And I really cannot be bothered to go over again, the arguments for why targets do not work. (But if you really want to know, here are links to my other blog posts or just read anything by Simon Guilfoyle or John Seddon. And if want to go back a bit, why not read about W. Edwards Deming too.)
So I refuse to get all hot under my collar about the latest 'scandal' about the police fiddling crime data. Anyone who has been involved with the police service (as I have been for 25 years) knows that crime data is often (to use a technical term) 'finagled'! But then so are education performance league tables, and health stats, and the government's own research into PbR etc etc etc...! Why? Because people want to put on a good show, don't like getting beaten up or bullied (or 'performance managed' as it often called), think it doesn't really matter anyway, everyone's doing it, because it isn't really lying to guild the truth a little and so forth. And the fact that every senior manager and politician knows this but then seeks to ignore it or pretend that it can be smoothed out with ethical audits of data collection is living in la la land.
OK. Maybe I am being a bit polemical here. But seriously, when parliamentary select committees start putting on severe expressions and wanting to expose this scandal in policing, and the Daily Mail publishes articles entitled "How we can't trust the crime figures: After Plebgate, now watchdog says police statistics are unreliable", I think I am allowed a bit of hyperbole myself!
So what to do? I have been trying to do my bit by a) exposing the mythology of targets and b) asking the good people at ONS if they could make the Crime Survey of England and Wales have a bit more geographical granularity. Please see my blog post here as a starting point. And then I have been involved in a conversation with them:
191113 Email to firstname.lastname@example.org: Would it be feasible to have this survey broken down into police areas? I look forward to your reply. Many thanks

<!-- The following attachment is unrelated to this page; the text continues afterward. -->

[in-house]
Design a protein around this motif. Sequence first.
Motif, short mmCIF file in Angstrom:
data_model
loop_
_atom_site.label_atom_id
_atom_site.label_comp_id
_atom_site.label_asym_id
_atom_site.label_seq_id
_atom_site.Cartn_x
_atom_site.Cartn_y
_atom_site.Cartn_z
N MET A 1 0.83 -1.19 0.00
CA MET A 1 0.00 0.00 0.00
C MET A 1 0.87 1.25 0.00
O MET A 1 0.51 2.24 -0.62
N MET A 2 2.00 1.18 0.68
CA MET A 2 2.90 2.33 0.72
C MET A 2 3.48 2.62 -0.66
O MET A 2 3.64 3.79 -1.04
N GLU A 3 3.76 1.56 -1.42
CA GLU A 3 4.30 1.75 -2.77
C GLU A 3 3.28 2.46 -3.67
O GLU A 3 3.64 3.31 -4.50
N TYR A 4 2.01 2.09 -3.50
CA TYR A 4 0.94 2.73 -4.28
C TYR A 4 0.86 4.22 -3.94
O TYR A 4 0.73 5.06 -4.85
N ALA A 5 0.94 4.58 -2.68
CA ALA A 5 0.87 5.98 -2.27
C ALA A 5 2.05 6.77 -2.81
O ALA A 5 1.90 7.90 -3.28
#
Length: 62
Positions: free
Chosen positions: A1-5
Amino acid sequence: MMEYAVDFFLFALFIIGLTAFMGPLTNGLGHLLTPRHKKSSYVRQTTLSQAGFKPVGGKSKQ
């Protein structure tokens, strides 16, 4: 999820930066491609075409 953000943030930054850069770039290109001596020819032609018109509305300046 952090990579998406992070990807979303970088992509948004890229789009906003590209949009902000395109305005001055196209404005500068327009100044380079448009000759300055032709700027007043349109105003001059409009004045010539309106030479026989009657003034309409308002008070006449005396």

251113 Reply: Theoretically, police force area data are available from the Crime Survey for England and Wales, although due to reductions in sample sizes, we do not feel estimates at this geography level are sufficiently robust and we would advise against using them.
271113 My response back to them: Many thanks for your helpful response. As psychology graduate, I appreciate the issue of sample size and significance etc. Are you able to estimate how much extra resource would be required to increase the samples to a size whereby individual forces & PCCs could more reliably use the data to compare trends over time and across the country? If so, I would be keen to know what that resource would be. Thank you.
161213 Their reply: My apologies for the slow reply. The difficulty with considering the sample size is that it varies for different crime type estimates. In order to get an overall count of crime at force level, the sample size may not need to be a great deal larger than it is currently. However, in order to measure specific types of crime by force, the sample would need to be extremely large. We're investigating whether we can feasibly calculate some figures for you, but I hope this information is still useful.
161213 My most recent email to them: Many thanks for your email and insights contained therein. Most useful. I am trying to establish the principle of whether NCS E&W data could be collected in such a way that local communities would be able to know about trends in crime in their areas that are not dependent on reporting crimes to the police (which we know to be an underestimate and unreliable for other reasons). This would allow people to judge how safe their area and critically appraise the performance of their Police & Crime Commissioner. Whilst the link between what PCCs do and local crime figures (as measured by your surveys) is at best tenuous, it is the key measure that the government used (in part) to justify the value of PCCs. Please continue to investigate the feasibility of whether such figures can be calculated. Thank you.
UPDATE 0912|160114: As if my magic, up pops my own PCC with this headlined story in Police Oracle. Force targets 'will improve performance' says PCC. Ah well...